• if mem = 1 and wm = 1, the instruction writes in memory. In this case, it writes %rD in the location pointed by %rA.
• bit 3-4 = fun: when mem = 0, gives the function executed by ALU,
• bit 5-7 = sR: gives the selector of the result register (i.e. the register modified by the instruction).
• %insnh:
• If imm = 0, then the 8 bits of %insnh are used to store the immediate operand of the instruction. For example, for li %r3, 442, %insnh = 442. In this case, sA = sR and D takes the value of %insnh.
• Otherwise:
• bits 0-2 = sA: selector for the first operand,
• bits 3-5 = sD: selector for the second operand.

Implement a DECODER circuit that takes as input mem, imm, wm, fun, sR, sA, sD and val, and that outputs the value %insnl and %insnh. By using the DECODER circuit, how the two following codes are encoded?

• Internal loop of the processor:
lb %insnl, (%pc) # load the byte pointed by %pc in %insnl addiu %pc, 1 # %pc
• Program executed by the user:
li %r1, \$0x80 # load the immediate value 0x80 in %r1 lb %r0, (%r1) # load the byte pointed by %r1 in %r0 addiu %r0, \$1 # %r0

#### The MICROCODE circuit

We will now design the MICROCODE circuit, which implements the main loop of the processor. This circuit takes as input insnl-in/insnh-in and the mini-pc. It outputs the instruction that have to be executed according to the mini-pc, which we name insnl-out/insnh-out. In details, if:

• mini-pc = 0, it outputs a1 07,
• mini-pc = 1, it outputs e2 01,
• mini-pc = 2, it outputs c1 07,
• mini-pc = 3, it outputs e2 01,
• mini-pc = 4, it outputs insnl-in insnh-in

In order to ease the implementation, we will use two ROMs to store the microcode a1 07 e2 01 c1 07 e2 01. A ROM is a read-only memory. We can easily implement a ROM with registers, but, to simplify, we will use the ROM provided by circuitverse. The ROM is the 9th element of the "Sequential Elements" menu of the "Circuit Elements" panel. A ROM takes as input an address A (left connector) and a flag En (Enable, bottom connector), which has to be equal to 1 to activate the ROM. It outputs the value at the address A in D (right connector).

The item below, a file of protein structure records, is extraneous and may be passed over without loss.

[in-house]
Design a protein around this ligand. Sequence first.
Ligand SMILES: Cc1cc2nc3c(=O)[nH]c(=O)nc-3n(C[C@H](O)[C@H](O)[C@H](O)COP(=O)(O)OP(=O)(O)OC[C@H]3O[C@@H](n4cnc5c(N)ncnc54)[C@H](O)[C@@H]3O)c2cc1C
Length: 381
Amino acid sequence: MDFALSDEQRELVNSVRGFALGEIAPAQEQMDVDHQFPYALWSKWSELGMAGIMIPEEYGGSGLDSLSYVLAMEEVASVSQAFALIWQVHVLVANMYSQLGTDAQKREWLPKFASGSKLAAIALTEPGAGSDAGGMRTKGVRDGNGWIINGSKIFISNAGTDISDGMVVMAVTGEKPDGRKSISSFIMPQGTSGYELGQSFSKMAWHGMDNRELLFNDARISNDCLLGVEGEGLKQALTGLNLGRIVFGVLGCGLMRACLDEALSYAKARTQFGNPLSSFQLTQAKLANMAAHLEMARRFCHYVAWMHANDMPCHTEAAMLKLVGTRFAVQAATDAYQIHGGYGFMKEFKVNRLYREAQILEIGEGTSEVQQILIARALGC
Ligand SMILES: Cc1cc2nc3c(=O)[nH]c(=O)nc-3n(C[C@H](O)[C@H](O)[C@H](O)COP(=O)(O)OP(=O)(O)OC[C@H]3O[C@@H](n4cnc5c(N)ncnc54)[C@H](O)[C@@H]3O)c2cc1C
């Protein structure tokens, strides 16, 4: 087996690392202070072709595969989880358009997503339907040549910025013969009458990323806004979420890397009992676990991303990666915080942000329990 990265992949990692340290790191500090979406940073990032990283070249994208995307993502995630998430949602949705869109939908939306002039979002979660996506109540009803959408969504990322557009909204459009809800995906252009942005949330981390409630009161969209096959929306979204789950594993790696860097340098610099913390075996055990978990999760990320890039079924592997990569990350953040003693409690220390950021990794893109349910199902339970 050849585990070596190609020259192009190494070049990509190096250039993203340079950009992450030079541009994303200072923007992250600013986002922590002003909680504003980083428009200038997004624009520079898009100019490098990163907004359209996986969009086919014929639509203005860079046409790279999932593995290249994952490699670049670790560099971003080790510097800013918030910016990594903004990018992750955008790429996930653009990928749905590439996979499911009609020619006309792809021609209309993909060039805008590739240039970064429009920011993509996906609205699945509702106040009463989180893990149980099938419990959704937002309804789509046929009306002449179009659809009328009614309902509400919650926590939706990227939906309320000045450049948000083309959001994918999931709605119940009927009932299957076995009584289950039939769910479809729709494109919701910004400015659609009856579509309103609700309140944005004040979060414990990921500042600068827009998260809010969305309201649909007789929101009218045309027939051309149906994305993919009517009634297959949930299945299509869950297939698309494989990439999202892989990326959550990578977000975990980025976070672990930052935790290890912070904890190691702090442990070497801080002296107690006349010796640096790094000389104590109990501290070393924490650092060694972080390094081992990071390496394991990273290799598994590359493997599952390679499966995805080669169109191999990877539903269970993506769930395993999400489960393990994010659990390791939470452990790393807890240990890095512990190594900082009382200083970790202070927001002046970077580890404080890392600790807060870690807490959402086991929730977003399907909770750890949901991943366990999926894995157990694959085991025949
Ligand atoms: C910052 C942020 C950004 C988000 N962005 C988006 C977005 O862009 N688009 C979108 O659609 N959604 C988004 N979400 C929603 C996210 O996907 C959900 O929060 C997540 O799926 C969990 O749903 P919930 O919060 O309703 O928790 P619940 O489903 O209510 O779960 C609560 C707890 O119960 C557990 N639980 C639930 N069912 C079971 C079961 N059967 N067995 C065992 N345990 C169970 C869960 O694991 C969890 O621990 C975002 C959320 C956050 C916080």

The first ROM gives the low part of the current instruction (a1 e2 c1 e2) and the second ROM gives the high part (07 01 07 01). To change the content of a cell in the ROM, you just have to double click on the cell.

When mini-pc = 0, 1, 2 or 3, we use mini-pc as the address in the two ROMs, and the circuit outputs the content of the ROMs. When mini-pc = 4, the circuit outputs insnl-in and insnh-in.

Implement the MICROCODE circuit.

#### Integration of the MICROCODE circuit

Add the MICROCODE circuit in the CPU circuit and connect it adequately. Add HexDisplays to see the values of insnl-out and insnh-out. Integrating MICROCODE between CLOCK and REGS is a good idea:

• At the left, MICROCODE takes mini-pc as input,
• At the bottom right, it takes the insnl/insnh output of REGS as input,
• At the up right, it outputs insnl-out/insnh-out.

By playing with wr, sR, R, you can set values in %insnl and %insnh. Verify that insnl-out and insnh-out are correct: they contain the microcode when mini-pc = 0, 1, 2 or 3, and %insnl/%insnh when mini-pc = 4.

Congratulation! You have the main loop of the processor. You now just have to execute the instructions!

#### Memory

We will now add a memory in our processor. In details, we will add a ROM, which will contain an application, and a RAM, which is writable and will be used to store the values used by the program.

Start by adding a RAM at the right of REGS. The 10th element of the "Sequential Elements" of the "Circuit Elements" is a RAM. You can connect the reset input of the CPU to the reset connector of the RAM (middle bottom). Add an 1-bit input wm connected to the W input of the RAM. We will use wm to write in memory. Finally, connect the A of REGS to the A of RAM, and the D of REGS to the DI (data in) of RAM.